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From An Olympic Medal To Worlds To America’s Cup, Sailor Caleb Paine Has Big Plans

By Scott McDonald | Aug. 07, 2018, 2:56 p.m. (ET)

Caleb Paine competes in the men's finn at the 2018 Hempel Sailing World Championships on Aug. 2, 2018 in Aarhus, Denmark. 


The view from Caleb Paine’s home is worth a million bucks, yet he affords it on a shoestring budget. Sitting on his 33-foot sailboat docked in San Francisco Bay, the Olympic sailor enjoys views that can take your breath away.

Paine has spent most of his life on the water, from sailing his first boat at age 7 in San Diego to wining a bronze medal at the Olympic Games Rio 2016. Now he hopes to finish among the leaders at the world championships this week in Aarhus, Denmark. After worlds, he has aspirations for the 2020 Tokyo Games, all while training for the 2021 America’s Cup, where he’ll work as a grinder.

“There are three pinnacles in sailboat racing — the Olympics, America’s Cup and the Volvo Ocean Race,” Paine said Monday from Denmark after one of his races. “Any one of those is fantastic, and I’m just honored to be a part of two of them now.”

Paine races in the Finn class — the heavyweight dinghy — and was Team USA’s only sailing medalist in Rio and first since 2008. He only resumed training in December 2017.

During his time away, Paine relaxed and partied it up. When it was time for him to find a job and resume training, Bill Kreysler, a longtime sponsor and donor, had some businesses in the San Francisco Bay Area. So Paine left his native San Diego and traveled up the coast for work. Meanwhile, he bought a boat and joined a yacht club, where he lives and trains still today.

“Rent is so expensive in the Bay Area, and being around the boat industry all my life, I bought a boat and joined the Richmond Yacht Club,” Paine said. “I have a million-dollar view for only $400."

“They let me keep my sailing gear there, and I love it.”

His new training base has mostly been a success, he said, though the 2018 season has at times been as choppy as a tropical storm.

“We had a great Miami (world cup) and did pretty good in European events,” Paine said.

But the world championships have been up and down. Following six rounds of racing and sitting in 27th place, Paine described his performance as “kind of a struggle.”

However, following two races on Tuesday he jumped up to 15th with one remaining until the medal race, for which the top 10 sailors qualify.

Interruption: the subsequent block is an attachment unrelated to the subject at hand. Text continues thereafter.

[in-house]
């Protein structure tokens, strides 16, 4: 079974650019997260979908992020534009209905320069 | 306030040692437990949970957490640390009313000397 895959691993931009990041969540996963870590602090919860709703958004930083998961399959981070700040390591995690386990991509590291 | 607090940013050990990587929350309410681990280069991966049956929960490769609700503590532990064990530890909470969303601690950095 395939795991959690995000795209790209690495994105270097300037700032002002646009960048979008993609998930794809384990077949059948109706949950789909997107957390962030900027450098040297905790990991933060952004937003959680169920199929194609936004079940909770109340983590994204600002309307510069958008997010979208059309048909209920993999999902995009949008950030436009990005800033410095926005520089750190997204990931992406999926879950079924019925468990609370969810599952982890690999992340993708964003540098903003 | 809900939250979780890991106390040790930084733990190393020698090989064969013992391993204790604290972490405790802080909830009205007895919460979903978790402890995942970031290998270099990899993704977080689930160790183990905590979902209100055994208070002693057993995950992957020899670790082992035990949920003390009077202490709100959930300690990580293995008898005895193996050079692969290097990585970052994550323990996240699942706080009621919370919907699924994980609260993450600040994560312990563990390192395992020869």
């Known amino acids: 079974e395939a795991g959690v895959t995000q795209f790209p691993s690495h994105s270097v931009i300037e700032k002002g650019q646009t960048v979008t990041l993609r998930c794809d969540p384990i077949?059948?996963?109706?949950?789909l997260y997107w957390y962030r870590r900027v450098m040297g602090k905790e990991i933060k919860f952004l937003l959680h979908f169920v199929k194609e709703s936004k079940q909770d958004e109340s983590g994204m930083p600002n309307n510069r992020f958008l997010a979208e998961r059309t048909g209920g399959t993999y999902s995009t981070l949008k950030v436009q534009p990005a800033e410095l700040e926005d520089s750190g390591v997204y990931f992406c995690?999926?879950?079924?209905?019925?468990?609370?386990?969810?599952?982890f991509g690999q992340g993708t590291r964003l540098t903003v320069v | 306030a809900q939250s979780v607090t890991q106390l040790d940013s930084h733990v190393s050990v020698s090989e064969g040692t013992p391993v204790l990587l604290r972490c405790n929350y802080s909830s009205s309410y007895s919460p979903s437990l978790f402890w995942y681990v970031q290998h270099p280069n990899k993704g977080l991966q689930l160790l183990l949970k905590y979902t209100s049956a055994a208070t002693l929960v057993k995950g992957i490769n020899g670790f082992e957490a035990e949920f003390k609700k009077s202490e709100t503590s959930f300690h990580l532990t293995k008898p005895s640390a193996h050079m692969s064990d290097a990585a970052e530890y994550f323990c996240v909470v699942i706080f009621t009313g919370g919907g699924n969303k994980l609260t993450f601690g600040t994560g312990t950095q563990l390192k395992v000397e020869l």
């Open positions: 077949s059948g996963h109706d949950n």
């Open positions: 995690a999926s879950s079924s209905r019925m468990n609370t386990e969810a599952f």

“Our goal is to be in the top eight,” he said, "and it’s totally achievable.”

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Over the next two years Paine will dual-train for the 2020 Olympics and the 2021 America’s Cup. Paine said he plans on parlaying his stellar Rio finish and combining it with America’s Cup training to become an all-around better sailor.

“I’m looking forward to having awesome training partners with America’s Cup training,” he said. “The America’s Cup style of racing brings more versatility to an Olympic sailor. The amount of tact and innovation in those environments is awesome, and it trickles down.”

The initial roster of 17 sailors for the New York Yacht Club American Magic team, which competes at the America’s Cup. was released in early July. Paine is one of five grinders for Terry Hutchinson, skipper and executive director of American Magic.

Paine said his trek to become a more well-rounded sailor will start with his fitness.

“There’s also understanding refinement of the game with equipment, and the different pieces of equipment that are introduced,” he said. “Overall we want to create greater boat speed and better understand the courses we’re sailing.”

Paine often uses the word “we” when talking about his one-person competition.

“It takes a village to support an Olympic sailor,” Paine said. “Though it’s one person who’s representing all of the family, friends, sponsors and donors, it’s really a group effort. I couldn’t do it without a great support group. The sailing community really comes together for each other.”

In the short term, though, Paine’s goals are simpler.

After Denmark it’ll be back to the 33-foot Nauticat with a pilothouse, watching the sun set on the entire San Francisco Bay while getting ready for another day of training.

“The boat I live on isn’t fast by any means, but it’s comfortable and I love the lifestyle,” Paine said. “It’s got everything I need.”

Which is fitting, since his life revolves around sailing, and wherever the wind takes him next.

Scott McDonald is a writer from Houston, Texas, who has covered sports for various outlets since 1998. He is a freelance contributor to TeamUSA.org on behalf of Red Line Editorial, Inc.

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Caleb Paine